People often ask me, “Cameron, how did you get over your anxiety?” And I laugh and say, “Who’s Cameron?” then float away on a beam of light. But that doesn’t seem to help. So now I’ll answer the question. In several parts. This is Part One. I grew up in an anxious family. I probably didn’t notice then, because I was so focused on me that I never noticed anything. I was alone with my brain, and we weren’t getting along.
My Dad was numb and detached, my Mom was high strung and banged pots and pans, and my brother lashed out at everything; all just ways of coping.
I was shy and quiet and didn’t play sports until I’d watched the other kids long enough to figure out how to do it. Afraid to fail and look foolish.
One day on the way to school, I threw up in the park. I went home, assuming I was sick. When I got there my Dad said, “What’re you doing?” “I’m home sick because I threw up.” He replied, “Go to school. Throwing up is a part of life.”
Oh man, was he right. As I got older I got more anxious, and it started to affect me physically. I was always very skinny and very pale. But now I started to throw up a lot. It got to the point where even the thought of leaving the house would cause me to throw up.
If my friends actually did manage to get me to go to a party, one of them would graciously walk with me down the street while I threw up in a field or back alley before entering the house party. Only to get drunk to the point of blackout to not have to deal with anything. Yeah, I was pretty cool. (pops up collar)
I tell you all this because being sick became something I got used to. It was my new normal. I would cough all the time, the cough being a set-up to the vomits. I felt sick to my stomach pretty much all the time. But to me, my friends and family, it was just who I was. “That’s what Cameron’s like.” End of story.
STEP 1A: Realizing there’s a problem.
When I met Sally I was very sick. I spent most of our first date in the bathroom. She didn’t know why. I didn’t bring it up. Until the second date, when I threw up in front of her. She must’ve known right away that this one’s a keeper. (Puking’s so hawt right now.)
What she said to me next, though probably obvious to everyone else, blew my mind: “You don’t have to be like this.” You mean being sick all the time isn’t normal? Why didn’t anyone say anything?! I probably have an ulcer or something. Let’s fix this shit.
Step 1B: Deciding to change.
We spent the next year or so visiting doctors to find out what was wrong with my stomach. X-rays, ultrasound, camera down my throat, prescription for Propulsid (later taken off the market for causing internal hemorrhaging – not sure I would’ve noticed) and so forth. Eventually they gave up and said nothing’s wrong with me. Oh cool. I’ll just go home and vomit in celebration.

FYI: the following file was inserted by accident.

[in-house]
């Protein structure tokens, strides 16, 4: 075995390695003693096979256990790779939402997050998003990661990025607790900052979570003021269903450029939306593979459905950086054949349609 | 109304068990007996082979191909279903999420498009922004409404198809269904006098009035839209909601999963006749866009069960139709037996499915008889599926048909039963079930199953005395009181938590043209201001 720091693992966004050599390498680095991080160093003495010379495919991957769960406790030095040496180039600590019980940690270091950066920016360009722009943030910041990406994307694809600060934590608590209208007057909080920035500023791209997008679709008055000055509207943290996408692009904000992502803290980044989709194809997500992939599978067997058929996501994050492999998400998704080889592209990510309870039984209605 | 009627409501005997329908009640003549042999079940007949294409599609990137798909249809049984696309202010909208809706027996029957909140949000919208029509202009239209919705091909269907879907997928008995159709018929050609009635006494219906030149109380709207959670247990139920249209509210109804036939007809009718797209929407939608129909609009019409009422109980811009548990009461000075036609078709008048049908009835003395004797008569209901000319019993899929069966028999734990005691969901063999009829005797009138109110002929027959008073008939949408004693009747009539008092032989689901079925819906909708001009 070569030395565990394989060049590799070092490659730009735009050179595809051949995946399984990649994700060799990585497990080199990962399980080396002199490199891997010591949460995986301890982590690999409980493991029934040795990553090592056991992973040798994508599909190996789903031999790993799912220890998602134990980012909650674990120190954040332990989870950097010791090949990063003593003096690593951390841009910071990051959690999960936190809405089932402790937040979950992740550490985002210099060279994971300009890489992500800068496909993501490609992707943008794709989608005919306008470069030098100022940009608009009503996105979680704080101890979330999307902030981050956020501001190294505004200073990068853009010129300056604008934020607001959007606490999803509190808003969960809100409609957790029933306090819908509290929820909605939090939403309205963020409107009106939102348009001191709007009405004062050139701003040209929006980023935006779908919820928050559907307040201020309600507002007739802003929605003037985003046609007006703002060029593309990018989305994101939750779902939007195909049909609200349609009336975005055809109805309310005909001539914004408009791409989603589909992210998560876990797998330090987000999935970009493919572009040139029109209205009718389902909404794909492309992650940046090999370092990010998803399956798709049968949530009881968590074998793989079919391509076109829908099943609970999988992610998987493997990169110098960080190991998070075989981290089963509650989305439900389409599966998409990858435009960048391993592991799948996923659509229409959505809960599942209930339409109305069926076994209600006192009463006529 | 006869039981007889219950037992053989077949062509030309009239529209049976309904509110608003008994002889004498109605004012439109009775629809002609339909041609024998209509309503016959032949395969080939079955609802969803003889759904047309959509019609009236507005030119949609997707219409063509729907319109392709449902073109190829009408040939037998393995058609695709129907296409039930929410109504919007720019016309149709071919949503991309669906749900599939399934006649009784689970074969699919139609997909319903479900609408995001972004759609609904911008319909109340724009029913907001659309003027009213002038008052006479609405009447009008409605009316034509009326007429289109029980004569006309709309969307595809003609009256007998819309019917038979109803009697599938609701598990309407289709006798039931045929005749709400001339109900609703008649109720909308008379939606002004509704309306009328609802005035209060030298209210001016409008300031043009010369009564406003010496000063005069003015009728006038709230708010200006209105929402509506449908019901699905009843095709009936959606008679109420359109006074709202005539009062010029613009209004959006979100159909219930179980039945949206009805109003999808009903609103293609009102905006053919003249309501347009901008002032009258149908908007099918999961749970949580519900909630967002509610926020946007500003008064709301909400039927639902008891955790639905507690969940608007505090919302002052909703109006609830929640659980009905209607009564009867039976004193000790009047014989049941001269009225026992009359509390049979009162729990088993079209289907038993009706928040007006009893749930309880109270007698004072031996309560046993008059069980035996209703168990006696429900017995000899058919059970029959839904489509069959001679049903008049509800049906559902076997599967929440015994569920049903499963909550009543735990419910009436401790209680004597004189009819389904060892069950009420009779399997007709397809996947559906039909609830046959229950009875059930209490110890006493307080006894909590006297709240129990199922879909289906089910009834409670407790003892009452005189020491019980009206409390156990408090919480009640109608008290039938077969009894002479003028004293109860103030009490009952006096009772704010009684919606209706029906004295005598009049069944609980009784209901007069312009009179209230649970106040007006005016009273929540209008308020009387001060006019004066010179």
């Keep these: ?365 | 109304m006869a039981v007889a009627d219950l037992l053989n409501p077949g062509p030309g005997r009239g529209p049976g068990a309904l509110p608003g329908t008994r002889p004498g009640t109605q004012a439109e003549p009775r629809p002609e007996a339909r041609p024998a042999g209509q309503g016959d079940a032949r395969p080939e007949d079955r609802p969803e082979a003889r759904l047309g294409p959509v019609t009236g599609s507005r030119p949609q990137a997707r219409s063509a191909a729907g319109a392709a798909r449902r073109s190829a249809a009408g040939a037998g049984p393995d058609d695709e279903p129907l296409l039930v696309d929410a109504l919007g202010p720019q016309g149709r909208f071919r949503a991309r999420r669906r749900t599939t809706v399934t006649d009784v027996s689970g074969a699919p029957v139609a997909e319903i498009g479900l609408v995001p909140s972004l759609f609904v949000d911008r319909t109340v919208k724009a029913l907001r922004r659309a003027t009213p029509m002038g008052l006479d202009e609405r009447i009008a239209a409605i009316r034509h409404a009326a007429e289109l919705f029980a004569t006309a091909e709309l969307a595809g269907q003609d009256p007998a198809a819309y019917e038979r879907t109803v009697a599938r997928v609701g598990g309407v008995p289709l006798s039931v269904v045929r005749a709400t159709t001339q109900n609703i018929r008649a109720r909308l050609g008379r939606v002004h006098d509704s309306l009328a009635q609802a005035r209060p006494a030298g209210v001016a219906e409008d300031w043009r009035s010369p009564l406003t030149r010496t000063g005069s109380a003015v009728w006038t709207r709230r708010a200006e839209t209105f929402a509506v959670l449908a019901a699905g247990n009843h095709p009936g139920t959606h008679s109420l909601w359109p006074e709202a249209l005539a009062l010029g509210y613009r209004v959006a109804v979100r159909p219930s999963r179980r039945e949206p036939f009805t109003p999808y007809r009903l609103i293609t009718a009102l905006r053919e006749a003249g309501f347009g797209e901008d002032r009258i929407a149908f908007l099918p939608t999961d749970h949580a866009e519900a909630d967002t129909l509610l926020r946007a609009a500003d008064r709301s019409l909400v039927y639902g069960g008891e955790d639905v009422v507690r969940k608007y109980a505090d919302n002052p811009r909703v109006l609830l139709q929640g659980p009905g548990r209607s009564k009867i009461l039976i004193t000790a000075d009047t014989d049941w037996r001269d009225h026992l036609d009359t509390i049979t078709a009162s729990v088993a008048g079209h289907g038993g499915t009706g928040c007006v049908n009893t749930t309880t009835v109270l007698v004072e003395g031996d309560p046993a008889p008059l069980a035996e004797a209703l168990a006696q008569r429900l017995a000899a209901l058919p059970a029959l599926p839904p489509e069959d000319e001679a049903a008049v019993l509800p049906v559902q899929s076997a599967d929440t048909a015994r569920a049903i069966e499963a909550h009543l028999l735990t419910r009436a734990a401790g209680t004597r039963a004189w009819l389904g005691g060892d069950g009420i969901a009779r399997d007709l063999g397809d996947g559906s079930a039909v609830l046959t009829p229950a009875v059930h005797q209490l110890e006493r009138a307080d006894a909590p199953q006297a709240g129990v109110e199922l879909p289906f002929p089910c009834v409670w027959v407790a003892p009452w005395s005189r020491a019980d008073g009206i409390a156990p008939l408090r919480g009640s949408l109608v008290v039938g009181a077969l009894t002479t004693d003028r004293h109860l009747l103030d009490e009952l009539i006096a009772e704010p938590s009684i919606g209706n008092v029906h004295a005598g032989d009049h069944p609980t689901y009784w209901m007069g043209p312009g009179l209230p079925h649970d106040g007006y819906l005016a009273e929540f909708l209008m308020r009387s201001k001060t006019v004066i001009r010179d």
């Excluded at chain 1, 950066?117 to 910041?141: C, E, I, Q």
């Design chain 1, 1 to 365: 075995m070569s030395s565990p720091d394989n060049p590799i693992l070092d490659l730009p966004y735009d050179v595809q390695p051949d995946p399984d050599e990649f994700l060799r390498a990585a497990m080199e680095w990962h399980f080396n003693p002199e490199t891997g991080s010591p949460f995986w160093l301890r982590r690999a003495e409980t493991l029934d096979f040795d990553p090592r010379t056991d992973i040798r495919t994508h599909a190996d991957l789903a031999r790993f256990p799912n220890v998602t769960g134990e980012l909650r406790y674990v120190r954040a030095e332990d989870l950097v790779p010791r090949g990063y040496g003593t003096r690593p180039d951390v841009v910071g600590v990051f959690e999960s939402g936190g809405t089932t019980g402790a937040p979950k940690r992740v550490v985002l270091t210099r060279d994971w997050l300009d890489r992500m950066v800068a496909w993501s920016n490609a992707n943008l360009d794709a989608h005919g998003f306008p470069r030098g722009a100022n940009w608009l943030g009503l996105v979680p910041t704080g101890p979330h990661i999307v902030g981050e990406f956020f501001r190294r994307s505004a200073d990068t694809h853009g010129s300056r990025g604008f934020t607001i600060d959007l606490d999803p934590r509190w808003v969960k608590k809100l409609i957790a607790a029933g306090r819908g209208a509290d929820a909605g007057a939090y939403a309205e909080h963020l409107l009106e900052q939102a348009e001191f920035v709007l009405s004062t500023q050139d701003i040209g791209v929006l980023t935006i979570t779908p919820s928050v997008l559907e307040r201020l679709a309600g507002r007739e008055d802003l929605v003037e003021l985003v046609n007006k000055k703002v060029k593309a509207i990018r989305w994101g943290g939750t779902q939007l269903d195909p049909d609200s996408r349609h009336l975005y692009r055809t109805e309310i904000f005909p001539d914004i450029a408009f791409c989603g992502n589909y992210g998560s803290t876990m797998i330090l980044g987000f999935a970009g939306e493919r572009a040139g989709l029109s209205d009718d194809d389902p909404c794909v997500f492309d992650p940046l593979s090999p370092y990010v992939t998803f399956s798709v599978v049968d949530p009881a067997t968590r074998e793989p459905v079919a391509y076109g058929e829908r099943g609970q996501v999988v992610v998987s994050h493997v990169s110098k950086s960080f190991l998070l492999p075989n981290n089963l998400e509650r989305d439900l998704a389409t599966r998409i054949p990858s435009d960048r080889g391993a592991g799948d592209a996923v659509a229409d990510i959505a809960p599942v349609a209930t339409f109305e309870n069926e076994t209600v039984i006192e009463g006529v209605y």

We also changed my diet (became vegan), cut out the “toxic” people in my life (wasn’t overly loving my ex-girlfriend or Mom at the time), tried naturopathy (drops in water, I called “placebos”), homeopathy (little pellets, “Placebo 2: The Placebinating), acupuncture (I don’t wanna bash alternative medicine, but for me it was um… Placebo 3: Needle’s Revenge), and any other thing we could think of.
This may all seem stupid now, but at the time I knew nothing about the mind/body connection. I had no idea that the mind could actually make the body sick, just by… making it sick. Much like the doctors, I was looking for the physical problem.
I thought vomiting had to be caused by something wrong with my stomach. Coughing had to be a physical problem with my throat and/or chest. My constant need to pee, running nose, stomach cramps, night sweats, facial eczema, and all my other physical symptoms were strictly physical…right?
Eventually, one of my doctors had the gall to say, “Maybe it’s psychological.” What? Oh, so I’m the problem? Why, because you guys can’t seem to find the real problem? Fuck you. Also, why didn’t you bring this up sooner?
It was a tough hit. Knowing all this time I’d been doing this to myself.
So say for a second that how I think is the problem. Now what? Does knowing I’m the problem make the problem go away? It didn’t for me. In fact, this was really just the start of the journey. Which I’ll tell you more about in Part 2.
But to summarize Part 1: 75-90% of all doctor’s visits are for stress-related ailments and complaints. Heart disease, asthma, obesity, diabetes, headaches, gastrointestinal problems (IBS, heartburn, ulcers), psoriasis, and more have all been scientifically linked to stress and anxiety. So if you have a chronic sickness, be open to the benefits of addressing it from the psychological side.
To quote the love of my life, “You don’t have to be like this.”
And now on to Part 2.
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